Athletes return to practice for phase one


Sam Tapper Managing Editor

It has been about six months since COVID-19 put a stop to all sports on campus and across the Northeast 10 conference, now student-athletes have returned, but with several modifications.

Despite practices resuming, there remains a long way to go before the university or the NE10 is able to host athletic events again. The first week of practices that began on Sept. 14 was just one part of phase one of the plan to bring back athletics, which means there were limitations of what the teams could do during practice.

“It was definitely different than what we’re used to,” said women’s basketball forward Kiana Steinauer, a graduate student. “It was just cool to be around people and be back in that basketball atmosphere. There’s nothing really to complain about – it’s better than nothing, we’re just grateful for the opportunity to do something, even if we have to wait until January to play.”

One of the biggest changes during week one of practices for Owls Athletics was that no equipment could be used, so the bulk of all teams’ practices were spent on conditioning.

This meant the basketball teams could not even shoot a basketball. For Steinauer, despite not playing in a game since December of 2019 after redshirting last season, she said just being able to step back out onto the court “felt great.”

“It felt amazing to be able to participate in practice and do the drills, we’re not doing contact or anything yet,” she said. “Just in general, it’s been great to be back in the SCSU women’s basketball vibes, playing with everyone, it felt great because I was missing it a lot.”

Another key difference in week one was the introduction of “pods” or “bubbles” of athletes. Per social distancing guidelines, teams now have to be split up to reduce the number of athletes together in close contact.

Pods also apply to coaches. In the case of women’s basketball, Head Coach Kate Lynch has been placed in a pod herself, meaning only one pod of athletes practices with her at a time, and the other pod of players cannot practice with their head coach present. However, Steinauer said that all these new variables have not affected the toughness of their practices.

“We got right into it – ease off isn’t really our style of play,” said Steinauer. “We definitely have potential to be great this year and I think that easing into practices wouldn’t be the best start. I think [Lynch] definitely pushed us to our limits.”

The volleyball team is in a situation not unlike the basketball teams, as the inability to use equipment during practices meant no volleyballs could be touched and no nets could be set up – two essential things the sport.

It is true however, that Head Coach Lisa Barbaro used the time to focus on getting her team back in shape. To her players, this is uncharted territory.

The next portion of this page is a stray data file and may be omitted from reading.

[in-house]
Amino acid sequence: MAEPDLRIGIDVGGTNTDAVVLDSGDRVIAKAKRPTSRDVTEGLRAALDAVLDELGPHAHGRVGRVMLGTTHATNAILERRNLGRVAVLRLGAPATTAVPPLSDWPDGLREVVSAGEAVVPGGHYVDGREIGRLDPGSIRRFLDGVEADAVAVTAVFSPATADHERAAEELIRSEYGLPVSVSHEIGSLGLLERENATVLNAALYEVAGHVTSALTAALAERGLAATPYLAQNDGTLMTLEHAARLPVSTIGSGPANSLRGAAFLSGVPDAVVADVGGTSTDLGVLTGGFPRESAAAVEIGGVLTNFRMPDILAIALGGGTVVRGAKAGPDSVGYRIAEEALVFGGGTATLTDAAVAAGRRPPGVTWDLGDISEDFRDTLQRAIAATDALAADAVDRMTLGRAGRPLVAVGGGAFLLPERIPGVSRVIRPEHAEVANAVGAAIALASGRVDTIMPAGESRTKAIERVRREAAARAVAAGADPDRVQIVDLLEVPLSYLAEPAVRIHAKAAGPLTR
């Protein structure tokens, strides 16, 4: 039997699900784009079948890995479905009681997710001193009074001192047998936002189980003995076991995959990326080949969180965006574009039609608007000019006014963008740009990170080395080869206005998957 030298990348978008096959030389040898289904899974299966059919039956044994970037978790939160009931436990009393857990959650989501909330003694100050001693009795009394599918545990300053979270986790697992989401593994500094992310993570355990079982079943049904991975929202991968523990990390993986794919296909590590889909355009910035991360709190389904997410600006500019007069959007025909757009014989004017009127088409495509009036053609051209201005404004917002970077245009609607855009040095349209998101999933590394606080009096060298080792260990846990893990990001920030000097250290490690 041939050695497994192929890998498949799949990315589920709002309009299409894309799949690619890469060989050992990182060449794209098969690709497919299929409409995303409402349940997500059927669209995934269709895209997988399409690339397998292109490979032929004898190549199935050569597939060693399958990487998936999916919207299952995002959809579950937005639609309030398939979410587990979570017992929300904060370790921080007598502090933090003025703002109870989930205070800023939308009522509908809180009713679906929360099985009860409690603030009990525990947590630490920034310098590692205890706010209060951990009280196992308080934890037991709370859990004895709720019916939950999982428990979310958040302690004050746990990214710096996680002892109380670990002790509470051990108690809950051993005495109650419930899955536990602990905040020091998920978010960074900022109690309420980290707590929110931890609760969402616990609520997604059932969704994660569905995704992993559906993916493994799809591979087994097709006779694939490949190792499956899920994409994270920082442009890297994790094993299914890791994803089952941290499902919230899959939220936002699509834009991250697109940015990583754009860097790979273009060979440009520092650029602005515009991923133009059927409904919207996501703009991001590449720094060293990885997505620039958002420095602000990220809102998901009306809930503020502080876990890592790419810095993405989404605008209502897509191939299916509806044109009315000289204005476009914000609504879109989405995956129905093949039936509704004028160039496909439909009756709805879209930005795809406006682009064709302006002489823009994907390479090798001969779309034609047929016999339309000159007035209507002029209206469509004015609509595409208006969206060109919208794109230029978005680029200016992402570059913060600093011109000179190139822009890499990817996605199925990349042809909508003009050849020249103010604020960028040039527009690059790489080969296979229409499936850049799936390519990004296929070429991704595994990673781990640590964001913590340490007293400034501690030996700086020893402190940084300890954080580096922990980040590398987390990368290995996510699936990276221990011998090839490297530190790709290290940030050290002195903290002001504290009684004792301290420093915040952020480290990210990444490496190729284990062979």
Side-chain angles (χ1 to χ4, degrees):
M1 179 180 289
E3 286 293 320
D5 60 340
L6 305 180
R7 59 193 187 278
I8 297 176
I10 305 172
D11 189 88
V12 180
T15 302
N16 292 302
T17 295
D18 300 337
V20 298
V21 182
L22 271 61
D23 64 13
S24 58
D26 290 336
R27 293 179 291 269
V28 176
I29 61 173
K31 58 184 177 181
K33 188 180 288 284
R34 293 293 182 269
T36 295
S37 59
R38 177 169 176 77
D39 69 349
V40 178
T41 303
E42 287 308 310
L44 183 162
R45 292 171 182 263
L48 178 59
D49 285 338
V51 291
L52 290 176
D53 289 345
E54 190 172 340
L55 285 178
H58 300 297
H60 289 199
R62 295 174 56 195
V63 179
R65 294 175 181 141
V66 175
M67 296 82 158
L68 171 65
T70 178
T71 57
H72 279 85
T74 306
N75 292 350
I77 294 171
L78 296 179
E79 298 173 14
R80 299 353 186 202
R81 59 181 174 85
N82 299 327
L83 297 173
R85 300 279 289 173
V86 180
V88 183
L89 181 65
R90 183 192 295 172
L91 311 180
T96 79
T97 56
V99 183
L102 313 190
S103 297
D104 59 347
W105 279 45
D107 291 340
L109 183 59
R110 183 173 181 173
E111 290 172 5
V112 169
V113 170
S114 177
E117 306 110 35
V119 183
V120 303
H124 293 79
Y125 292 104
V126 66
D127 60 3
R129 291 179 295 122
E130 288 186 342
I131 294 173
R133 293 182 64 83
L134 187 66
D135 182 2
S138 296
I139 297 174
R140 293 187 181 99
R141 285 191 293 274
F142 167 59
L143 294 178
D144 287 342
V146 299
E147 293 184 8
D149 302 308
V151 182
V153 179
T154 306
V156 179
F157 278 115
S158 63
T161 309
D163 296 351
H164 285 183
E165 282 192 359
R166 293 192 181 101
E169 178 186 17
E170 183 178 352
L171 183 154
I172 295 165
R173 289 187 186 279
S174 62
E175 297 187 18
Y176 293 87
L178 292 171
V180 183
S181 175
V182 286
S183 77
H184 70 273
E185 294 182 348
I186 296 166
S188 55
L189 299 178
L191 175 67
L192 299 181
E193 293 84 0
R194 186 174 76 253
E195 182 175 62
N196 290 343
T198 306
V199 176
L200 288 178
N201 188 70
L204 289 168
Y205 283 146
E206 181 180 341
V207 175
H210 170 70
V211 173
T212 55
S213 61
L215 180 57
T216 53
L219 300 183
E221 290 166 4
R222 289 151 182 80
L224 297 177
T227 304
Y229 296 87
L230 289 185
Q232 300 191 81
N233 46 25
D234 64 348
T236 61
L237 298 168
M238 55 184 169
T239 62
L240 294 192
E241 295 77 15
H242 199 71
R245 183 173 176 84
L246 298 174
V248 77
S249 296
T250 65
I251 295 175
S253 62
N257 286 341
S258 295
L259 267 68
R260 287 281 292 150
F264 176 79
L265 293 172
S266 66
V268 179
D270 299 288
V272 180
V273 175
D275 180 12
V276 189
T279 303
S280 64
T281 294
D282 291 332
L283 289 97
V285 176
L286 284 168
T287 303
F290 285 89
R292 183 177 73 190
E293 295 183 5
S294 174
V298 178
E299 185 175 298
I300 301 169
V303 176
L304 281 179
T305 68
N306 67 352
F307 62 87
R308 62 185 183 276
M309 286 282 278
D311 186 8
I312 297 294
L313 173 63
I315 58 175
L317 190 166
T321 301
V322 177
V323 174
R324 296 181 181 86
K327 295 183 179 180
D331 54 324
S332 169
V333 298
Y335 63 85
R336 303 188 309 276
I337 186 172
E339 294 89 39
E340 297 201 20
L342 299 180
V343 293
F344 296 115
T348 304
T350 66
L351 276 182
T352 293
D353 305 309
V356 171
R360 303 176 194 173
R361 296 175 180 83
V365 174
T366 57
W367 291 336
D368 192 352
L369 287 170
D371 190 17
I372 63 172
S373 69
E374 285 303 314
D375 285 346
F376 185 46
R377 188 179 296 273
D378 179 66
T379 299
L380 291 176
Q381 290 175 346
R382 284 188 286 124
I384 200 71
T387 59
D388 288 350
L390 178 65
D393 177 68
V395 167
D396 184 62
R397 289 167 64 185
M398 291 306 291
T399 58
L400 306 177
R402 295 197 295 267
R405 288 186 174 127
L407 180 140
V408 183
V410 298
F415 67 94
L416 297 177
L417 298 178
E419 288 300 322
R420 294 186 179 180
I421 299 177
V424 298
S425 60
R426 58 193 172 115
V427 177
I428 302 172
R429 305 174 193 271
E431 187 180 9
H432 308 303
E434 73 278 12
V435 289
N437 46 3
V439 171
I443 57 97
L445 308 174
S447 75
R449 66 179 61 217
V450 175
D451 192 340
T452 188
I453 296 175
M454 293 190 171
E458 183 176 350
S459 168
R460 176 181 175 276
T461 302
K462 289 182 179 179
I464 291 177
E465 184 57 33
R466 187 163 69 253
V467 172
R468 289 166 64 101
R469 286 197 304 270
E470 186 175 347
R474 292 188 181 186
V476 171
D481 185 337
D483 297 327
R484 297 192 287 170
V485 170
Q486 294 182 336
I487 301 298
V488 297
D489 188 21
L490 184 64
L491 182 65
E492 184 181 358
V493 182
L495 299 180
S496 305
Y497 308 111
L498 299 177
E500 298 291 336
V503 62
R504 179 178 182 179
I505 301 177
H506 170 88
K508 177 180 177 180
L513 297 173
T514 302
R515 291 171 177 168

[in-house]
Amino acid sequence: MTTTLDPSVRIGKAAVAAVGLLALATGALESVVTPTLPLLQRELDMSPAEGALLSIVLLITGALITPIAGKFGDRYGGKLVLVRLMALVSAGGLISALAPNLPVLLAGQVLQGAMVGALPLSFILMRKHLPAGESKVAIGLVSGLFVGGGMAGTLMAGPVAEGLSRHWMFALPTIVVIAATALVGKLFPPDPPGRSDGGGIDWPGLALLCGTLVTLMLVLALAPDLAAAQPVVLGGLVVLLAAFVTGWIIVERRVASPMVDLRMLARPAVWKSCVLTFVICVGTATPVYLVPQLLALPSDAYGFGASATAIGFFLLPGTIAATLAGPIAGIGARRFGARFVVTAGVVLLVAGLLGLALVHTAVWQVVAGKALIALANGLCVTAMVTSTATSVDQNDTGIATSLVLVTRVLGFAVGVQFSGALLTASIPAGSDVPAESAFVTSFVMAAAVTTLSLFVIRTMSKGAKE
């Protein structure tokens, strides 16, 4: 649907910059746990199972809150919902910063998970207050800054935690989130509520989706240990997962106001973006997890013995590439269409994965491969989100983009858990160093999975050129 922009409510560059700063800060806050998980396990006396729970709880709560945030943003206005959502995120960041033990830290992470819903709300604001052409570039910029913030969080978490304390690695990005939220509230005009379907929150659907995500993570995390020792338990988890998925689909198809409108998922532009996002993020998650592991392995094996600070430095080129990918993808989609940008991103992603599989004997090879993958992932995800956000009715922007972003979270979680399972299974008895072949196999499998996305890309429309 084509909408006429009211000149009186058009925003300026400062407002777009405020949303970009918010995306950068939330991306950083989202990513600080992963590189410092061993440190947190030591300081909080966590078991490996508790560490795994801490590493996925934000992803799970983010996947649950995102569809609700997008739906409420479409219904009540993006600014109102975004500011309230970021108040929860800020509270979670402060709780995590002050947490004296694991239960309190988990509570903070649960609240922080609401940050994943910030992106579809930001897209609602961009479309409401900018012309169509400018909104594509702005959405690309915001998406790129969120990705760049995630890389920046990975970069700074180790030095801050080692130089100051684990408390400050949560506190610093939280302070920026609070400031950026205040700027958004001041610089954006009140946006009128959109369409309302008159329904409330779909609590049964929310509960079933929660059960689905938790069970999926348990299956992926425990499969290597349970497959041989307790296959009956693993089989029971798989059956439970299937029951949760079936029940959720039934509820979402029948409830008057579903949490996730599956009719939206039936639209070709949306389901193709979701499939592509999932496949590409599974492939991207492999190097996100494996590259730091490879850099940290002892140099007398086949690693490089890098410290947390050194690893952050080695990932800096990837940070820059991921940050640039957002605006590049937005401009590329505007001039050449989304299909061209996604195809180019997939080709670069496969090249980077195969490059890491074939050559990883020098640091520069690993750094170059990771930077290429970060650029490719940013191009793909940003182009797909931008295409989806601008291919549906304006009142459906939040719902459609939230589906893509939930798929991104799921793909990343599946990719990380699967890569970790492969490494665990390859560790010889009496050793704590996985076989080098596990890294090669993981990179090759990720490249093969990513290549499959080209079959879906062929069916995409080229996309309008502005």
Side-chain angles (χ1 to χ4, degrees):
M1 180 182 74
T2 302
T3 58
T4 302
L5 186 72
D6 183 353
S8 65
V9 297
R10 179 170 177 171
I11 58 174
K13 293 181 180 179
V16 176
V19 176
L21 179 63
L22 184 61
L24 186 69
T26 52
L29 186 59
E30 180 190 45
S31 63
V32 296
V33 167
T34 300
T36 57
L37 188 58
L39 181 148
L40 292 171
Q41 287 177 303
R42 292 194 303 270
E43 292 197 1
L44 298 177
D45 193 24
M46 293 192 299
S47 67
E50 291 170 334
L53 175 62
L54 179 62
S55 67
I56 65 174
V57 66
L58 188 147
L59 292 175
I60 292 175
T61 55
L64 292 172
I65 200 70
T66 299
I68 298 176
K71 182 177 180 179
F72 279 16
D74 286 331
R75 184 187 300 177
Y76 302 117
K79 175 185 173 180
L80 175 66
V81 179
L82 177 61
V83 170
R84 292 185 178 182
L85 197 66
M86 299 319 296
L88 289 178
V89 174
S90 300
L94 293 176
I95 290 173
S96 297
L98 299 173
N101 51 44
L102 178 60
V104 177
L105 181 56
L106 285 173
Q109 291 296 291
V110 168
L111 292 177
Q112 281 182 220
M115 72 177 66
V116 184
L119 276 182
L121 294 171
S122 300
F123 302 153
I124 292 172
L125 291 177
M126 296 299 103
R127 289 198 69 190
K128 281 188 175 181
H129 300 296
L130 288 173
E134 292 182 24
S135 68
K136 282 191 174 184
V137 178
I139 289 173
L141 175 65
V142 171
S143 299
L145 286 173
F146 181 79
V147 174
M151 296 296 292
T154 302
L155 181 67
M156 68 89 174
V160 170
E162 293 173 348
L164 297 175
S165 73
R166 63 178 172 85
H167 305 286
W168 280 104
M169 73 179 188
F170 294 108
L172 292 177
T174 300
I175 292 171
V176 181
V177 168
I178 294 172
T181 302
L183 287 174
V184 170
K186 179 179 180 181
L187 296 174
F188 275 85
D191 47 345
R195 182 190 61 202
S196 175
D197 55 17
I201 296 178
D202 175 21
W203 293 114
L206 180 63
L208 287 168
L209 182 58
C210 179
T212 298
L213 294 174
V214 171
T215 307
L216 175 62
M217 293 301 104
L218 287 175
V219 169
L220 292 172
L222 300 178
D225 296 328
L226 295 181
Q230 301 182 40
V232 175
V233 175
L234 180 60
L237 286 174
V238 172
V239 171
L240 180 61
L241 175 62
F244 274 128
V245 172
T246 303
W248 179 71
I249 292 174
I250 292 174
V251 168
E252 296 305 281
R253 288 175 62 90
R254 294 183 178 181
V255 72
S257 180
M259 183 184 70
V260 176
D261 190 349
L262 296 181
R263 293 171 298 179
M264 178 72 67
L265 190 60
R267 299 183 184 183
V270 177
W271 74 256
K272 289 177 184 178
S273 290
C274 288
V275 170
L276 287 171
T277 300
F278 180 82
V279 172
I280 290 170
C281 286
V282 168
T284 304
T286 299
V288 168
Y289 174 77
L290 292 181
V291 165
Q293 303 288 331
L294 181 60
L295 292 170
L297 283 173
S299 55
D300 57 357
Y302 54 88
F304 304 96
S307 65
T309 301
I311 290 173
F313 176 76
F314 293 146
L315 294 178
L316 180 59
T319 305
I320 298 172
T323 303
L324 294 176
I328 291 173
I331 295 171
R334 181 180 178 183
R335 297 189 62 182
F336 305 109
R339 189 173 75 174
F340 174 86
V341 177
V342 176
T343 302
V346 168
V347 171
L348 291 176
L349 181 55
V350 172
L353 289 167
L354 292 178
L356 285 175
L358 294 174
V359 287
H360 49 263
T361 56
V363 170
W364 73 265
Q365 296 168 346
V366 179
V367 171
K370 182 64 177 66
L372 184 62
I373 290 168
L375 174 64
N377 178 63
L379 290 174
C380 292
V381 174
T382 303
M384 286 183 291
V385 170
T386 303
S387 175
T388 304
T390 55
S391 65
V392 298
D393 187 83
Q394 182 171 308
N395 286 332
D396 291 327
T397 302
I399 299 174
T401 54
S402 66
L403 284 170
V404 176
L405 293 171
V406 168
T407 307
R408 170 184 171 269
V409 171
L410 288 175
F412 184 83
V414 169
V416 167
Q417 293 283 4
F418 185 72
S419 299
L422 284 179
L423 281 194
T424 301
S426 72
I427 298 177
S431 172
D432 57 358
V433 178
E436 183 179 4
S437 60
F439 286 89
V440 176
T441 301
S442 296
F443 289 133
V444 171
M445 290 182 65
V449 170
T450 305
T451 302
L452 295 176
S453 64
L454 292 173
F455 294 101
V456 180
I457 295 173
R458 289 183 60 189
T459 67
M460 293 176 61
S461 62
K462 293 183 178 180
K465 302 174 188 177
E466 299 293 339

“[Practices] definitely were pretty weird, Pelz [Gymnasium] isn’t very big, and then my [pod] is all the newbies,” said middle hitter Kirstin Colwell, one of two seniors on the roster. “I miss high-fiving people – that was kind of sad. There was one time I literally had my hand up and I was just like ‘put it back, you can’t touch anybody.’”

Colwell said all her team’s huddles are now socially-distanced at 12 feet apart and that every player must wear a mask – even during a drill – if staying 12-feet away from teammates is not possible.

“We focused on getting our conditioning back to where it needed, especially more jumping movements, because not doing that for a while can result in injury and stuff like that,” said Colwell. “Footwork is really important for us too, so we did a lot of footwork.”

Barbaro’s squad has a lot of new players this year, and Colwell said that some practices are much slower than others, so the new athletes can learn the system. Starting in week two of practices, teams will be able to use equipment. An outlier during the first week of practices was football. Despite being one of the biggest teams with around 100 players as well as a larger coaching staff, the entire team was able to practice together at once, according to quarterback Jackson Ostrowsky, a sophomore.

“For our team workouts, we were able to get on the field and have the whole team out there,” Ostrowsky said. “We’re all separated by more than five yards, we were able to utilize the whole field so I’m nowhere near anybody, we have an exit protocol, an entrance protocol, I think we’re handling it okay.”

Ostrowsky said despite being separated by at least five yards – far more than the standard social distancing protocols – masks are always worn while players and coaches are on the field.

So far, according to Ostrowsky, the football team has only done body weight work, not yet having the ability to run through game drills or even run sprints, the latter being because of social distancing. However, with other teams, as phase two of resuming athletics begins, equipment will become available.

“We’re doing what we can,” said Ostrowsky, “we’re getting good workouts in, and sweating and being together, so it’s good.”

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